Obvious Child (2014)

Posted by June 20, 2014

Usually, when abortion is dealt with or mentioned in film and television, it's the elephant in the room. No one particularly likes to talk about it in real life, and that resistance is usually loudest when a character in a movie or TV show brings up the option after learning of an unanticipated pregnancy. The result is usually an awkward silence or deflection toward another topic, but in "Obvious Child," abortion is treated bluntly. This is a fact of life for Donna Stern (Jenny Slate), and if she never questions her decision, then neither does the film. Writer/director Gillian Robespierre (working from a short film that she co-wrote) approaches what could be a heavy topic with a light sort of gentleness, resulting in a jubilant motion picture actively about clarity and purpose.

Donna is a low-on-the-totem-pole comedienne who operates out of a bar, while holding down a job at a deteriorating bookstore. From our first encounter with Donna, we can see that this is a woman who has insecurities and fears. She uses them in her material, airing out sexual and personal frustrations between her and boyfriend Ryan (Paul Briganti), who promptly dumps her and reveals that he and her best friend have been sleeping together for some time (The ensuing post-break-up mess on her end is both amusing and sobering, summing up the tone that Robespierre is going for). Donna becomes a wreck, although her divorced parents (Richard Kind and Polly Draper), roommate Nellie (an excellent Gaby Hoffman), and comedian friend Joey (Gabe Liedman) are united on the front that Ryan was simply a jerk.

It's great, we feel, that Donna has this emotional support. Otherwise, she downs wine and, it seems, grape-flavored Tylenol PM like no one's business, functioning with little sleep and frayed nerves that are only matched by her harried habit of cracking a joke to relieve tension. It's important to note that Donna does not seem to relieve tension for the benefit of her audience (a word extended to her peers, not merely a literal audience, in this case) but for herself. That's the reason she tanks in the opening act and a later one, during which she is fall-down drunk and not at all funny. The gift in Slate's radiant, accolades-worthy performance is that she's still gloriously funny.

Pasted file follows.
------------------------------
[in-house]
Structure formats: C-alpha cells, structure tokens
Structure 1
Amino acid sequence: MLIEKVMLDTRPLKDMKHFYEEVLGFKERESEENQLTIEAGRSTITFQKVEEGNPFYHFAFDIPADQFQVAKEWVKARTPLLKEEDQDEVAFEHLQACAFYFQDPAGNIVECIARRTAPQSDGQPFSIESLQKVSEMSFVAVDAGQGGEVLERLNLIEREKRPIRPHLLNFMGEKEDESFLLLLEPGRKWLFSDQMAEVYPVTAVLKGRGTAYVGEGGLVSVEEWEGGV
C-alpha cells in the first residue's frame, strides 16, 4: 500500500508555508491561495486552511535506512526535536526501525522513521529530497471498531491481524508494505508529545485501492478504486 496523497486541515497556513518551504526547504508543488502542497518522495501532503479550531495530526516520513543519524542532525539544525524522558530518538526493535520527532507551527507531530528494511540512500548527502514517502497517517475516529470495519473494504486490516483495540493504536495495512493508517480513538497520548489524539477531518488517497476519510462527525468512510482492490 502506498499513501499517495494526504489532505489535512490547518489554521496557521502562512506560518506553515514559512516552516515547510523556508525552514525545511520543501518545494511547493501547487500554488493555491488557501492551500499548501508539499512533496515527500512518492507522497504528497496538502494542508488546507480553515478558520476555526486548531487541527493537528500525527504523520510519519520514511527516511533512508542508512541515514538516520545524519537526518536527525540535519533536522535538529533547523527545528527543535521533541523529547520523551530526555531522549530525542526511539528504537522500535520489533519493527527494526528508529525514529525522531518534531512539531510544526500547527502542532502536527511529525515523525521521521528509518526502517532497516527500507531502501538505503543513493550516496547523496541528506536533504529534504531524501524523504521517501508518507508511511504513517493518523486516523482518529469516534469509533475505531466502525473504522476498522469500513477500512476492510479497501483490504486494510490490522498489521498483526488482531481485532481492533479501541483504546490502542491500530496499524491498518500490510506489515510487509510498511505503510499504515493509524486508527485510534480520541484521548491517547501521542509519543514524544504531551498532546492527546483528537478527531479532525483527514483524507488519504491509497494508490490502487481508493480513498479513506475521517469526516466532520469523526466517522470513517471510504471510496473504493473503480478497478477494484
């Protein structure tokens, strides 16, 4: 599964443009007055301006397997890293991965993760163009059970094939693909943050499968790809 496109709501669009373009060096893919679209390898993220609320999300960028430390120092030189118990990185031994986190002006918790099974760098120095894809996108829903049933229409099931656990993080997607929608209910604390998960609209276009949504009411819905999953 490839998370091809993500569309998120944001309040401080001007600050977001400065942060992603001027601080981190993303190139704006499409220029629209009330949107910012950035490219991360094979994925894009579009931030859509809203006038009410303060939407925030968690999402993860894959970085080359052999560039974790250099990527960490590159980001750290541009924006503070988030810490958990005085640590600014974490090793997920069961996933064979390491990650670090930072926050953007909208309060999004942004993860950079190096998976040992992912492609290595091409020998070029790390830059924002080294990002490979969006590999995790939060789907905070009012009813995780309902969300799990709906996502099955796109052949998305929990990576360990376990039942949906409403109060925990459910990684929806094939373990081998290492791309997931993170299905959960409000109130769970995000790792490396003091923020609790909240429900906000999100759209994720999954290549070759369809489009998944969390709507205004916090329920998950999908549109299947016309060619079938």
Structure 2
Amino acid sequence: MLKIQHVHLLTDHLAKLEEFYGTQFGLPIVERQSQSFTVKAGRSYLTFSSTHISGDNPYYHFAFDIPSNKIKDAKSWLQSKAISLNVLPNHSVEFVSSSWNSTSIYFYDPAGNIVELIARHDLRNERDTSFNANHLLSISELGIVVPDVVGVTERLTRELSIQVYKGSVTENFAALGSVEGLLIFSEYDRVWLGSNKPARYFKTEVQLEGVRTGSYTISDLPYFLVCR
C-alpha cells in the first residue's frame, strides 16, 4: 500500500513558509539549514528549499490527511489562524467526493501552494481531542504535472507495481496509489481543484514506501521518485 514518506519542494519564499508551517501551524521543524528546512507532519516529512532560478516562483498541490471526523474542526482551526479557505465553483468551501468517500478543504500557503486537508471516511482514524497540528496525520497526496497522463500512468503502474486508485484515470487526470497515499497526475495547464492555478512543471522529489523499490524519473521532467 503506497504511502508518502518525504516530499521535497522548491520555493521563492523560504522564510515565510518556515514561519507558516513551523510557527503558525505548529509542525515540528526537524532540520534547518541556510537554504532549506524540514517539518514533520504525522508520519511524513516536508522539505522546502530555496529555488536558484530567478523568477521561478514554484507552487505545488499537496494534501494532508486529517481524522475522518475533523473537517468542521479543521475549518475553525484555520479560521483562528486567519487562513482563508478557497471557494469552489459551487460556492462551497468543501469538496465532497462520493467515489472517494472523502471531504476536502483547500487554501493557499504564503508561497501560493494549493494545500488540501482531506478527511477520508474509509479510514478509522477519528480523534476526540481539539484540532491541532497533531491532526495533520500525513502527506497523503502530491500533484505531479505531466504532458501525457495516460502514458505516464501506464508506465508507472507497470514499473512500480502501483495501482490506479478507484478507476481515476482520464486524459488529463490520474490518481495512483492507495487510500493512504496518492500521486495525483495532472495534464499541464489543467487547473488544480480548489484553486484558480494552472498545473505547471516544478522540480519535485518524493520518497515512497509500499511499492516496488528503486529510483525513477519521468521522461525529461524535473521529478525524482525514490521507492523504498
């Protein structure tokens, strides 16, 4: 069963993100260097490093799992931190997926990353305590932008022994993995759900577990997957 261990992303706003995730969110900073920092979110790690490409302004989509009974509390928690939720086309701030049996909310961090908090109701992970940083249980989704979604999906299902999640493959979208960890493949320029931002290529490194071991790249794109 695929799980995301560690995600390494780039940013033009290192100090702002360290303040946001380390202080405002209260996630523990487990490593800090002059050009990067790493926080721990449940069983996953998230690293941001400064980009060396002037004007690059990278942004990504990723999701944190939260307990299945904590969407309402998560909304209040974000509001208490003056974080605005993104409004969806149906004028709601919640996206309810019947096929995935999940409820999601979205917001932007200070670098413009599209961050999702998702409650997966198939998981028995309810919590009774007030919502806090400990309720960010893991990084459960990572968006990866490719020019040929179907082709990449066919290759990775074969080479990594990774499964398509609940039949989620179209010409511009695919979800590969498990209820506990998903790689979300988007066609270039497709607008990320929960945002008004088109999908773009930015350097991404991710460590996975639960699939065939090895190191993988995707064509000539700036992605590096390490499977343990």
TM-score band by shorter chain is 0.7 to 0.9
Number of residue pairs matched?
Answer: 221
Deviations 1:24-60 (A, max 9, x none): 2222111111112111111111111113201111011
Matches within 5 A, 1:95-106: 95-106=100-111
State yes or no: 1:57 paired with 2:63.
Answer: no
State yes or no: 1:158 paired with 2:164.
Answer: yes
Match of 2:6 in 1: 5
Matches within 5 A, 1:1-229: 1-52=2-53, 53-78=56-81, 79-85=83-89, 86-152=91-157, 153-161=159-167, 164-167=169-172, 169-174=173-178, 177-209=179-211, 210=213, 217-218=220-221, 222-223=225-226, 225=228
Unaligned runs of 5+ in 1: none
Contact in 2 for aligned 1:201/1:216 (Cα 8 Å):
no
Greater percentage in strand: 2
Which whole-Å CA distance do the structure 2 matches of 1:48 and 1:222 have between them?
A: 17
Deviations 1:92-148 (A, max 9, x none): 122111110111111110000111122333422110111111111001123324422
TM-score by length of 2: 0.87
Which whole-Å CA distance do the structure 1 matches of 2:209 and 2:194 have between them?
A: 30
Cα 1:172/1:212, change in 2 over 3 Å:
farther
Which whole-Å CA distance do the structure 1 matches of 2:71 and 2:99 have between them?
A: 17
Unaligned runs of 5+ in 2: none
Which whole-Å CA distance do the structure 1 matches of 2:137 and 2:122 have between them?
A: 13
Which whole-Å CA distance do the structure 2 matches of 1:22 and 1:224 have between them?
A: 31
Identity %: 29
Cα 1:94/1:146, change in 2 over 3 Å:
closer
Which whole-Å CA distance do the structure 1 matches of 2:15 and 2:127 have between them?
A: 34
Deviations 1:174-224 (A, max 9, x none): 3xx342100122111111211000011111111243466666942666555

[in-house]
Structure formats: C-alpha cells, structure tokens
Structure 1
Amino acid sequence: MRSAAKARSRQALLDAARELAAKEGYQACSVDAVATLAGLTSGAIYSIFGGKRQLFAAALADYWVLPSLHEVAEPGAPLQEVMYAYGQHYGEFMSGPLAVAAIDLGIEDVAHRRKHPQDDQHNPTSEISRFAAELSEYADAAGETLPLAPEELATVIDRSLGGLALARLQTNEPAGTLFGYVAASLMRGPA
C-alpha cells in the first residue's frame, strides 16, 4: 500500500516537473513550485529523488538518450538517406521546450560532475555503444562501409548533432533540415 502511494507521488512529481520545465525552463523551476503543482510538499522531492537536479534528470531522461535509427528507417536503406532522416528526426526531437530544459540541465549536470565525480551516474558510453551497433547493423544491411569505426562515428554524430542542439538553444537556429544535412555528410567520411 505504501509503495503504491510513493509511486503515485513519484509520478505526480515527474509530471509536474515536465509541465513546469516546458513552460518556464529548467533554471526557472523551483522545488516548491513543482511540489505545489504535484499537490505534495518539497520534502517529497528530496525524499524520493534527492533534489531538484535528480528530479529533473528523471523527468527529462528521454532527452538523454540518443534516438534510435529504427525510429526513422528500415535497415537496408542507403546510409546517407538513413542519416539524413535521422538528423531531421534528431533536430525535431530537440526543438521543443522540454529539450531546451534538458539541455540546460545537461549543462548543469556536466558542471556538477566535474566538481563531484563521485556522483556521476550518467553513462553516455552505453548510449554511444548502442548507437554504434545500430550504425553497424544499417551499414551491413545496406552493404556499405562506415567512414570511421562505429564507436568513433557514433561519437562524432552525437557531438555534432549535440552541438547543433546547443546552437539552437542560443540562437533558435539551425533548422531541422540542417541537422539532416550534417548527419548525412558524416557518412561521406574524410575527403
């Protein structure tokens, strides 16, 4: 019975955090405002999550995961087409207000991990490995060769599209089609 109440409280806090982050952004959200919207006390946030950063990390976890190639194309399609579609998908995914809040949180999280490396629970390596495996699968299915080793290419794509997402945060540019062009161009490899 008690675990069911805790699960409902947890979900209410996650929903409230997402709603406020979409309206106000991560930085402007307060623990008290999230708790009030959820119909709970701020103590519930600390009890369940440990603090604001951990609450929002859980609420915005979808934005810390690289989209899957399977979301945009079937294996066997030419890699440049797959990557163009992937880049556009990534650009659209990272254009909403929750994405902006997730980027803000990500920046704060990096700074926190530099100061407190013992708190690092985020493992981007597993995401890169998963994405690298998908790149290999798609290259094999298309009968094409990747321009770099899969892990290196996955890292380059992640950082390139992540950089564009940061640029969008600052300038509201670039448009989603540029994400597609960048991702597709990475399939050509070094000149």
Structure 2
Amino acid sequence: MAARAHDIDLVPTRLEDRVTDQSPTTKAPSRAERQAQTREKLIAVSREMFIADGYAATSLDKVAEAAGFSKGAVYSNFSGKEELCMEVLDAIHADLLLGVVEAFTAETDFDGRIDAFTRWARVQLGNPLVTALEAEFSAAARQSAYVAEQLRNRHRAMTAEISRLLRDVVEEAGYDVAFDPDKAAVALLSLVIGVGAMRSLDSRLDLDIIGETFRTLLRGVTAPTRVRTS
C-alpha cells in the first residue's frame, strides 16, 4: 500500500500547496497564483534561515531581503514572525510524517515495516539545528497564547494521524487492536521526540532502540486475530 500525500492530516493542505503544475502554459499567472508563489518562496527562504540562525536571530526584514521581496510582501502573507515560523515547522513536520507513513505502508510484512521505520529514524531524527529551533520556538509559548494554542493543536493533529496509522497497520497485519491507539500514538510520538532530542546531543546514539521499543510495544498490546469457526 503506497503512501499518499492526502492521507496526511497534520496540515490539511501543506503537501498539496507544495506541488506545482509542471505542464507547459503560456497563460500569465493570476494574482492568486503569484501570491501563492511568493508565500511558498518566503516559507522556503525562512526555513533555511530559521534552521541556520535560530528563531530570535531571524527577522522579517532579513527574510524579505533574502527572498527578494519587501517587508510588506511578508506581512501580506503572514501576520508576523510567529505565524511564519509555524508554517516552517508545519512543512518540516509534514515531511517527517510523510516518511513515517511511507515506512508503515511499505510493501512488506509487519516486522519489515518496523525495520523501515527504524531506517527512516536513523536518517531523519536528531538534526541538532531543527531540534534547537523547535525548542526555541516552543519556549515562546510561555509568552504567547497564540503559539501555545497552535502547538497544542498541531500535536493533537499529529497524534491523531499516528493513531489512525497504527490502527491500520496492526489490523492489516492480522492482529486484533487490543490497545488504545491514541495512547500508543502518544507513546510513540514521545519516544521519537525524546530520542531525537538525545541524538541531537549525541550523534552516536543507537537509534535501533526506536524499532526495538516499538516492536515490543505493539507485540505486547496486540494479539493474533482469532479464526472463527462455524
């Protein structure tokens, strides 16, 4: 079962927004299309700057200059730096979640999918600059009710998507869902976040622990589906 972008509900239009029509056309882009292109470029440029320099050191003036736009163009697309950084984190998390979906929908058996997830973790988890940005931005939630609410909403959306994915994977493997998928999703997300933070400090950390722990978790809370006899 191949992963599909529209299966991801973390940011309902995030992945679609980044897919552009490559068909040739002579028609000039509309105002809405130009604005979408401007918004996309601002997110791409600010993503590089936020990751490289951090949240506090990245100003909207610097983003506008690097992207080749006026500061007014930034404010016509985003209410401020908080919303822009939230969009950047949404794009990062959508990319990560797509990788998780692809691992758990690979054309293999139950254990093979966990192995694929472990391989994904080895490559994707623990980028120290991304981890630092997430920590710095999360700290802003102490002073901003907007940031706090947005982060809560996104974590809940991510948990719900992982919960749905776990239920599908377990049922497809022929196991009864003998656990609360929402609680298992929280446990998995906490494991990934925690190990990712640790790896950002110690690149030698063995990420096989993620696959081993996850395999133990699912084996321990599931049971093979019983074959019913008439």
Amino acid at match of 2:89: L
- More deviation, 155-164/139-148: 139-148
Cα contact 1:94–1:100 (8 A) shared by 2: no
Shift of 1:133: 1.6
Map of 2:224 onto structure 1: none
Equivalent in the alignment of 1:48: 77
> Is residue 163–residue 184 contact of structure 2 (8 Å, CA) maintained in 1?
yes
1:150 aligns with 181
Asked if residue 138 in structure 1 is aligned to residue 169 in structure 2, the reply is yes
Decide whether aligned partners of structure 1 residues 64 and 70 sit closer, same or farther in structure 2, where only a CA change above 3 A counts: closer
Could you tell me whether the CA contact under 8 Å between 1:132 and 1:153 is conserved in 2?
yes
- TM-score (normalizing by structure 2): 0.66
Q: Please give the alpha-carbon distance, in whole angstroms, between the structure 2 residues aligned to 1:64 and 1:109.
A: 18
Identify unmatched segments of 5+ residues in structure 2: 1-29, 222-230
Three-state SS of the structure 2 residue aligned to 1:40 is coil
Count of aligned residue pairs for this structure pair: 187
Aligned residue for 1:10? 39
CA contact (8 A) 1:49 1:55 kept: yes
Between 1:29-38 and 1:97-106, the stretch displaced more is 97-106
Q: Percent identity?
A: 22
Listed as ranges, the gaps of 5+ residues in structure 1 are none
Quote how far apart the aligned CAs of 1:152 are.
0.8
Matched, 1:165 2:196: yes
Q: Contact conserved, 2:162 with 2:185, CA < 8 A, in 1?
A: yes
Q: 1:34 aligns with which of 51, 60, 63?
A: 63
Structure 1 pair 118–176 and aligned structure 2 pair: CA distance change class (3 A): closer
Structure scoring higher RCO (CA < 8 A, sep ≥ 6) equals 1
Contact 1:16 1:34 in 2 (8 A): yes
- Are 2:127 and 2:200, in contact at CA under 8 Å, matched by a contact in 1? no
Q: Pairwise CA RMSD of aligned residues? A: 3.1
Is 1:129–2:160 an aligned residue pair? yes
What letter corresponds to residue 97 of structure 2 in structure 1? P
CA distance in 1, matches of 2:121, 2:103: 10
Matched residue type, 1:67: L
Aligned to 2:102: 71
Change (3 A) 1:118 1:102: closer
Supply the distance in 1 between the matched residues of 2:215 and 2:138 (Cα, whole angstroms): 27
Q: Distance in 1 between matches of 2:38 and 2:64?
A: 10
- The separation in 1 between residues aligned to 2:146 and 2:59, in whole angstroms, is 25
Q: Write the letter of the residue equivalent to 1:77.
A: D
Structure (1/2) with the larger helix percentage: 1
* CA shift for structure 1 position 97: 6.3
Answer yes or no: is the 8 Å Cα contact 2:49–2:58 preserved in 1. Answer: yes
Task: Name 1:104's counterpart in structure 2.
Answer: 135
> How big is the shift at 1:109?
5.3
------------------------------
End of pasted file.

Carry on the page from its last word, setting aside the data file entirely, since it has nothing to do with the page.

She meets Max (Jake Lacy) after the meltdown act. He didn't see it, which I'm sure she finds fortunate, and the two bond over public urinating (seriously) and end up having sex in a hysterical montage and flashback sequence (She must remember whether a condom was used). But there's the inevitable catch: Donna knows she's pregnant within three weeks--boob-sore and late and frantic to have something done about it. Her decision is abortion, and here is where Robespierre's screenplay diverges from expectations: Her conscience is clear. It's the only decision that a woman in her position--a depressed and desperate purveyor of humor holding down a job at a closing New York staple--can possibly make, even if it isn't cheap for her (a single payment of $500, which, she laments, is her entire rent).

"Obvious Child" then becomes a romantic comedy of convention but bitter truth, as Donna must muster up the courage to tell Max about her decision. The way she does it, so publicly (Perhaps, by now, you can guess), is one of the year's most uncomfortably funny scenes, because it so succinctly sums up the emotional truth within the film. Here is a woman simply trying to scrape a living by the skin of her teeth. With a hysterical but bitter screenplay, a beautiful spirit, and one of the best lead performances of the year, here is a work of generous, bruised humanity and sympathy. Whether it lands on the end of political controversy, "Obvious Child" is universal enough--even if resolution is a tad tidy and a couple of irksome sidebars could have been avoided--to prove that such reactions are bilge. This is a lovely comedy of the human experience.

Film Information

Jenny Slate (Donna Stern), Jake Lacy (Max), Gaby Hoffman (Nellie), Gabe Liedman (Joey), David Cross (Sam), Richard Kind (Jacob Stern), Polly Draper (Nancy Stern), Paul Briganti (Ryan), Cindy Cheung (Dr. Bernard), Stephen Singer (Gene).

Directed and written by Gillian Robespierre, based on the short film written by Robespierre, Anna Bean, and Karen Maine.

Rated R (language, sexual content).

84 minutes.

Released in select cities on June 6, 2014.